- OFT sets good example as pupils benefit from schools' "bad behaviour"
- March 29, 2006
- Law Firm: Watson, Farley & Williams (New York) LLP - New York Office
On 28 November 2005, we reported on the OFT's provisional findings that an agreement between fifty independent schools to exchange detailed information about the fees that they intended to charge was in breach of competition law. Recently, the OFT has announced its approval of settlement proposals put forward by the ISC Steering Group (set up to work with the OFT to resolve this case) which, if accepted by the fifty schools concerned, will bring an end to the OFT's investigation. Under the Steering Group's proposals, the schools will make an ex-gratia payment of an average of £60,000 per school into a charitable trust to benefit the pupils who attended the schools during the academic years 2001/2002 to 2003/2004. The exact amount of payment will differ according to each establishment's income. In addition, the schools must pay a nominal penalty of £10,000 per school. The objectives of the trust will be educational and the trust will be independent of the schools. Trustees will be appointed following consultation with the Charity Commission and with parents. The Beneficiaries of the trust will be pupils in the schools in the relevant years under the age of 30 at the time any trust money is distributed to them (reportedly upwards of 40,000 people). The schools will make equal annual instalment payments into the trust starting in 2006, with the last payment no later than 31 December 2010. If the proposal is accepted by the schools, the OFT will proceed to a final formal decision in respect of each school. The schools will be required to admit that their participation in the exchange of sensitive information through the "Sevenoaks Survey" led to a distortion of competition thereby infringing Chapter 1 prohibition of the Competition Act 1998. No admission of liability need be made, however, as to the effect of the agreement. The schools have until the end of March to decide whether to accept the OFT's proposal for concluding the matter.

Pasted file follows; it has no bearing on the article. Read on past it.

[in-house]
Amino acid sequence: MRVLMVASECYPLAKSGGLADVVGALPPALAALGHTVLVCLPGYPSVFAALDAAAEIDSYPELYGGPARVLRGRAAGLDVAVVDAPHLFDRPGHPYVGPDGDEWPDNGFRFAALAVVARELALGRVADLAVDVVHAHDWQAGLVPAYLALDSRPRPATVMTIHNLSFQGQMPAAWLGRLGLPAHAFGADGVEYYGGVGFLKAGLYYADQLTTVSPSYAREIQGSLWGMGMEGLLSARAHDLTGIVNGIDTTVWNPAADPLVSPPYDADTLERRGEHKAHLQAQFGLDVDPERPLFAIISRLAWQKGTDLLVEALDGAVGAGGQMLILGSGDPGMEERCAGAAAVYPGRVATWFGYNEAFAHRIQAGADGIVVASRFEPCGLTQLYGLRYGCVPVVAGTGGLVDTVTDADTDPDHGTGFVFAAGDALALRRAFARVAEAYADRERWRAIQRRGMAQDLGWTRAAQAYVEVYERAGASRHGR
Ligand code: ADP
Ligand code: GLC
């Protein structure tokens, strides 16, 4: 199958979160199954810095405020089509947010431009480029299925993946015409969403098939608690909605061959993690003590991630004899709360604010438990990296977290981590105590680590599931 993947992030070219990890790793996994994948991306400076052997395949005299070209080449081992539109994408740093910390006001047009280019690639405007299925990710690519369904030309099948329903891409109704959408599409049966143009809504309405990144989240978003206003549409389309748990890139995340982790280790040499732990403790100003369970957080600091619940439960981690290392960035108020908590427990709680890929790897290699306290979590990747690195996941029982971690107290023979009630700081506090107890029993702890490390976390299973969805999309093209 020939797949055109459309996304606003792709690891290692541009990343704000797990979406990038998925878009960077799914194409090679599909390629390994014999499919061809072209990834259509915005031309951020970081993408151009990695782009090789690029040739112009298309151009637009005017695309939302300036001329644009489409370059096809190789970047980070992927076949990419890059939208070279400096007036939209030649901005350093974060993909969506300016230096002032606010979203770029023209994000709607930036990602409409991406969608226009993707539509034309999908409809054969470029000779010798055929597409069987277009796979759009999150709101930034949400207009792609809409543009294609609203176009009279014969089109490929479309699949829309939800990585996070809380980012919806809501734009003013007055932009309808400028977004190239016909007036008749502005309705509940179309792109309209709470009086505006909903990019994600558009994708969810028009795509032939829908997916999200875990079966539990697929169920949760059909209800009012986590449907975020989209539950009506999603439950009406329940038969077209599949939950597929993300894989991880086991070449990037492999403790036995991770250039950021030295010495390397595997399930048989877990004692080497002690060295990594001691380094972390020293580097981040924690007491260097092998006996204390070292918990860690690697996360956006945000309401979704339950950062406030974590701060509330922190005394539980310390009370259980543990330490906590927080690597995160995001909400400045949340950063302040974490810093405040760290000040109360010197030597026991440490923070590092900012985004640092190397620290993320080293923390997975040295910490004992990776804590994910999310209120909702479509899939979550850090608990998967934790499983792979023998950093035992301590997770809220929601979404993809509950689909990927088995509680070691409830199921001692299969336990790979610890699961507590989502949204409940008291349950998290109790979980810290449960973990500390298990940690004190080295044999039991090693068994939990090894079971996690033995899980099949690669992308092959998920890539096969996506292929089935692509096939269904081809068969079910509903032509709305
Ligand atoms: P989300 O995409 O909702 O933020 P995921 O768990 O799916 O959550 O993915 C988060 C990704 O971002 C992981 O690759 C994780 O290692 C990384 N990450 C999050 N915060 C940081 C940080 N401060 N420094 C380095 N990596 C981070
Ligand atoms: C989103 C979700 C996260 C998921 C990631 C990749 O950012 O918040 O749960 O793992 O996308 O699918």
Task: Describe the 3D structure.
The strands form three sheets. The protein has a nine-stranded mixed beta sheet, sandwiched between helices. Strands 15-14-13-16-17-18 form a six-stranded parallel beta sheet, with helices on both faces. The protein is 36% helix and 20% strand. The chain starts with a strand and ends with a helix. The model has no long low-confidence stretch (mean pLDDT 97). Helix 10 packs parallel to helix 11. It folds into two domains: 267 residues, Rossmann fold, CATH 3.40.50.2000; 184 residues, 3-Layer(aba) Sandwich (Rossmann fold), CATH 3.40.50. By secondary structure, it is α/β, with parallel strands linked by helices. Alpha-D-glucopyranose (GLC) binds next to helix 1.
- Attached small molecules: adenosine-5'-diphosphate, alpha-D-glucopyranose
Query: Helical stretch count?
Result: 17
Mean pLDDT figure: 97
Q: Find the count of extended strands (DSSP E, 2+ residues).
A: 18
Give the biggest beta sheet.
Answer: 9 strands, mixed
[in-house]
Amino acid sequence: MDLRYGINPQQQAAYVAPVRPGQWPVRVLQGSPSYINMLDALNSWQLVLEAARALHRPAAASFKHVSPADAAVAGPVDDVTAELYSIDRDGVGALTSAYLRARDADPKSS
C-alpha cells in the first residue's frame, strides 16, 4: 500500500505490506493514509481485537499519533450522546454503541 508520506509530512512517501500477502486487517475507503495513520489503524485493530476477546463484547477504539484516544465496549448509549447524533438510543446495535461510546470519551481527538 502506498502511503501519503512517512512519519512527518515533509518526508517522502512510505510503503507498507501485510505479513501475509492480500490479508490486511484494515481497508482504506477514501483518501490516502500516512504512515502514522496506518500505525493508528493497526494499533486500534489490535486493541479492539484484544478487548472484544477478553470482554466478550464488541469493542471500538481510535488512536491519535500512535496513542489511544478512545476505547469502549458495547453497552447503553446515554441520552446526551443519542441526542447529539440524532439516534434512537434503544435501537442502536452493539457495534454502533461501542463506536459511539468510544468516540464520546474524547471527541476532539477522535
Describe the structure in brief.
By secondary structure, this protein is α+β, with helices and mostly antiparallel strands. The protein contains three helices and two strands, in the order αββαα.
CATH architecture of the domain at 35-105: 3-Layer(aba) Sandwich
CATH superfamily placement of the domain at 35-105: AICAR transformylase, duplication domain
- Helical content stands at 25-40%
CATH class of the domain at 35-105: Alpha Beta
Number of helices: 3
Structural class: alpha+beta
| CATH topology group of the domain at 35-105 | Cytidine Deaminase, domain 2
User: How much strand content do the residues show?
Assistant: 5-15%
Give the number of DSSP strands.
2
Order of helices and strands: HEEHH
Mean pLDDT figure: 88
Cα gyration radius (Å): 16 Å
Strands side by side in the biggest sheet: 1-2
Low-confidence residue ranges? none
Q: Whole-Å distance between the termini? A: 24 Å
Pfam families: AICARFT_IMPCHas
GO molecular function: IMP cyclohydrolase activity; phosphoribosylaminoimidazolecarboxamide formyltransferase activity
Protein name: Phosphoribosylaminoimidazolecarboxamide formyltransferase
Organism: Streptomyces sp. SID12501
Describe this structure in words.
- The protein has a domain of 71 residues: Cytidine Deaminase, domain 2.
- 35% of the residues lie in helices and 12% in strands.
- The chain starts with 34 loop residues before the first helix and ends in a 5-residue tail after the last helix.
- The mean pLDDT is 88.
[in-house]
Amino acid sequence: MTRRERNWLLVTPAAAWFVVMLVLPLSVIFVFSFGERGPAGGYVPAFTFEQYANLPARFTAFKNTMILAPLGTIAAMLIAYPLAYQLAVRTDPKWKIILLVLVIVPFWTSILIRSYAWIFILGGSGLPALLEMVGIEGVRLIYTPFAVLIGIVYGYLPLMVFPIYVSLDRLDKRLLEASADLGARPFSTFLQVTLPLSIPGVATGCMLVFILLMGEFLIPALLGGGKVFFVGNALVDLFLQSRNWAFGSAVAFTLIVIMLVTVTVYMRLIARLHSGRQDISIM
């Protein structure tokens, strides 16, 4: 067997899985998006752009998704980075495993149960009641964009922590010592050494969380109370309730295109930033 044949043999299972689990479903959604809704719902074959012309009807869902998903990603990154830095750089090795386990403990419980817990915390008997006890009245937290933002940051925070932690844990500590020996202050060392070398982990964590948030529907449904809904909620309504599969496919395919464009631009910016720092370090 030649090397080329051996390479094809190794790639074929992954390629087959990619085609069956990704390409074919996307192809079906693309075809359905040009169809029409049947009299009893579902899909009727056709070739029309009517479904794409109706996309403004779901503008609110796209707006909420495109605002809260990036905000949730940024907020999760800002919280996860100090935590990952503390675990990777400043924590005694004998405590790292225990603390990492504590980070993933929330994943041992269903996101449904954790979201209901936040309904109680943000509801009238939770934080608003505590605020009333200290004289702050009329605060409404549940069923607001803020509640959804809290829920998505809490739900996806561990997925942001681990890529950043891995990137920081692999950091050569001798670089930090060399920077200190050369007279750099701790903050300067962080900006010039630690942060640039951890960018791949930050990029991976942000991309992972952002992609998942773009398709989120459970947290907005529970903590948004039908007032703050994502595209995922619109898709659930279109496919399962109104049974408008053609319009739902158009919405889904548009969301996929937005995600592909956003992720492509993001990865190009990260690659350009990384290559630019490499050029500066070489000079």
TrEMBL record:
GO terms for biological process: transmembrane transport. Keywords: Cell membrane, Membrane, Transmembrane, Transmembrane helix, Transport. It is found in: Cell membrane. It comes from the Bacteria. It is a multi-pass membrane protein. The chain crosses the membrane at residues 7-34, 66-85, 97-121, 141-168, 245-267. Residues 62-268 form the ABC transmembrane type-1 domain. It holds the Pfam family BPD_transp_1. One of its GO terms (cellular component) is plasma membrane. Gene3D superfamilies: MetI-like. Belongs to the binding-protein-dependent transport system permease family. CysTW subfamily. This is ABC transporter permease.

As we reported, the real victims in the case are the customer/parents, who had every right to expect that their fees were being set competitively. The OFT has always said that parents of children at the schools were just as deserving of the protection of competition law as they would be as the consumers of any other category of goods or services. But the independent schools accused of fee-fixing have said that there will be no refunds for parents. In attempting to seek some form of compensation for the pupils, however, the OFT has set a good example. The Director of Competition Enforcement at the OFT commented that "in reaching this view, we looked not only at the terms of the proposal, under which the charitable trust will benefit the further education of the pupils¿but also the schools' charitable, not-for-profit status". Doubtless, there will be some, both within and outside the OFT, that are of the opinion that the schools should have been fined to the fullest extent allowed by law and every penny of ill-gotten gain returned to the parents. Achieving such a result would have taken years of litigation to achieve and would have done little to serve the interests of present-day parents, let alone the future well-being of the independent schools sector. By endorsing this settlement proposition the OFT has shown admirable restraint and deft touch. Signs perhaps that it might finally be fulfilling its potential.